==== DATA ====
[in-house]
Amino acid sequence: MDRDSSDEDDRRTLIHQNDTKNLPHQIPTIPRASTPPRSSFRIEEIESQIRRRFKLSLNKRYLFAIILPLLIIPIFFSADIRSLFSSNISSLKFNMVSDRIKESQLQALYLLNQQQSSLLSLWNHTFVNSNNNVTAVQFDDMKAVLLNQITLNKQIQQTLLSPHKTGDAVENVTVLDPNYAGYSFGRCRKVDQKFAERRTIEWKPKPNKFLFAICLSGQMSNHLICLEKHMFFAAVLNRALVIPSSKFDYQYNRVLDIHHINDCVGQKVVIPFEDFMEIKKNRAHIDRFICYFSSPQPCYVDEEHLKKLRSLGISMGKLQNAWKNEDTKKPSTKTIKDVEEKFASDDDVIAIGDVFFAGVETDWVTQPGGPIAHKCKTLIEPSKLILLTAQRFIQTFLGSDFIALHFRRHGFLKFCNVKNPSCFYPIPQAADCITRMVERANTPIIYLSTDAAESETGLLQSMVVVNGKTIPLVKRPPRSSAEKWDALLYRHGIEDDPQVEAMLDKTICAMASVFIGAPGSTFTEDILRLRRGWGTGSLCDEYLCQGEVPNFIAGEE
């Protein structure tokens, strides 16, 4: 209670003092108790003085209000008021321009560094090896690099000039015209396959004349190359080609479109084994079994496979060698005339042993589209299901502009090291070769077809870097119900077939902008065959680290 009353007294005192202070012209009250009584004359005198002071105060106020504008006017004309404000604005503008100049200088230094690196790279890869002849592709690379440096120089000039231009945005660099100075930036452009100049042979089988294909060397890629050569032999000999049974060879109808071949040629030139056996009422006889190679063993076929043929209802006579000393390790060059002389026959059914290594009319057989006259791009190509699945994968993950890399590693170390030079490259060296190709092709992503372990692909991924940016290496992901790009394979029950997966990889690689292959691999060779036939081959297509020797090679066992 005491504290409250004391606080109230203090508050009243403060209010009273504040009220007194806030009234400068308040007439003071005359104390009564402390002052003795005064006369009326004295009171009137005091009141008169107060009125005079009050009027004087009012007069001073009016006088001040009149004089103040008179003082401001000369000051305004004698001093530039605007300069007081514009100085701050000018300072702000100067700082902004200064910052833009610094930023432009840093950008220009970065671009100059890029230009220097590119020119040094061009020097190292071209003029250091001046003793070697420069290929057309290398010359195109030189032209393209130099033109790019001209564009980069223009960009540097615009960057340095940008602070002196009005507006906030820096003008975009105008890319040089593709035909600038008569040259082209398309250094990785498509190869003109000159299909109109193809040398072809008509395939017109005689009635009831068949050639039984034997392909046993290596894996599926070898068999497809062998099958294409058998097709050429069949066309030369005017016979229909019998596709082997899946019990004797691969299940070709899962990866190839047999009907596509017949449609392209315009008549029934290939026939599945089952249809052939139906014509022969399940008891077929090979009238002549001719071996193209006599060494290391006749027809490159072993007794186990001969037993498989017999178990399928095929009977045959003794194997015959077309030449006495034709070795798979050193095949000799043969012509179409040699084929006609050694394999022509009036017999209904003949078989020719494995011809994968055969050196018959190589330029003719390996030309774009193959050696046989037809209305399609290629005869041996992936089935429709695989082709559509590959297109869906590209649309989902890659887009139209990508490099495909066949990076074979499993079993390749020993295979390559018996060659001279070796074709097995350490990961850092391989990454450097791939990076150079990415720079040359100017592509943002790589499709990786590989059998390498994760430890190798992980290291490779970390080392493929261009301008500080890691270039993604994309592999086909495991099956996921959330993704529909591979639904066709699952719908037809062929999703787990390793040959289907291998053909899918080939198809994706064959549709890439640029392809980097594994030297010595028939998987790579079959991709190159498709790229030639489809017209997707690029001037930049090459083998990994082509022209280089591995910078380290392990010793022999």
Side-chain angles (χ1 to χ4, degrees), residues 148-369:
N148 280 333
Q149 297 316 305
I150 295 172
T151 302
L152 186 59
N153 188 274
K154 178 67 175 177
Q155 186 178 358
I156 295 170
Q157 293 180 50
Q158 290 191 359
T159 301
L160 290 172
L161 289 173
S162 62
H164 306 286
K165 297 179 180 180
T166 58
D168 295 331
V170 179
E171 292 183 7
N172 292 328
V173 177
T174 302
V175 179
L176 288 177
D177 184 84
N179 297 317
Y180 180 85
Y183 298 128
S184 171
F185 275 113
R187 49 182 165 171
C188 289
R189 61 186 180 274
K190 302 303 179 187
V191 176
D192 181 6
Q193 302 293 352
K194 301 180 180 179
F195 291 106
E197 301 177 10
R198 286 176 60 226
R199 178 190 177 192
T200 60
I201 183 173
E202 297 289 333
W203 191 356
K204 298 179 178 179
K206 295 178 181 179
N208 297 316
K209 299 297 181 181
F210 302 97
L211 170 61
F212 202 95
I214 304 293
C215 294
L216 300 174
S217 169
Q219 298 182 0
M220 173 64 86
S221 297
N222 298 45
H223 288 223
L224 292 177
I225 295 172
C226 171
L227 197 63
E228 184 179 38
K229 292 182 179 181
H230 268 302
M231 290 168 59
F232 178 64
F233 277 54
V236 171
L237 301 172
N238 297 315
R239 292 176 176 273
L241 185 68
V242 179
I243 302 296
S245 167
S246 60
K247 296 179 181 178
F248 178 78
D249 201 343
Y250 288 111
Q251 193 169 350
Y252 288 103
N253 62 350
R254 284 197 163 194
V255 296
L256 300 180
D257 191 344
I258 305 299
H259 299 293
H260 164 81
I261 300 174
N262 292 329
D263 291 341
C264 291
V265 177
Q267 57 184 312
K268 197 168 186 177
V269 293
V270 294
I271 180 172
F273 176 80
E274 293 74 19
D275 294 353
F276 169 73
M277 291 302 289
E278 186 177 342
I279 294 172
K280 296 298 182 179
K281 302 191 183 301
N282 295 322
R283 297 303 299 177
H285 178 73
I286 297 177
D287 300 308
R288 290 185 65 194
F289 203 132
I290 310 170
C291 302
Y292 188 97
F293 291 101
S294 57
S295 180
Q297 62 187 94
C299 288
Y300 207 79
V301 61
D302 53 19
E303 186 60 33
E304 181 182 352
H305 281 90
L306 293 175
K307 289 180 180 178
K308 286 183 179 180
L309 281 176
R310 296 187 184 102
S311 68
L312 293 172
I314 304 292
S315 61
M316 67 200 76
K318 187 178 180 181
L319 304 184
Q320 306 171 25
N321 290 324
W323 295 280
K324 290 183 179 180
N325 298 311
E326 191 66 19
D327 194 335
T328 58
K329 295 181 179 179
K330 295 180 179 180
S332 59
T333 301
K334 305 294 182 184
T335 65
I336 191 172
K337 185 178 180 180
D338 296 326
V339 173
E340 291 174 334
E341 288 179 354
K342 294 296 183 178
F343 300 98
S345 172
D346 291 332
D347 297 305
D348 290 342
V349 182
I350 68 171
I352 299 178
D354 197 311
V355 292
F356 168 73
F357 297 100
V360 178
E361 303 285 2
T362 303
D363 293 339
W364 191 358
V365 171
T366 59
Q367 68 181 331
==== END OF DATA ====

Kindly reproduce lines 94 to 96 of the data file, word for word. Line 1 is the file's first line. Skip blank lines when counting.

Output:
N253 62 350
R254 284 197 163 194
V255 296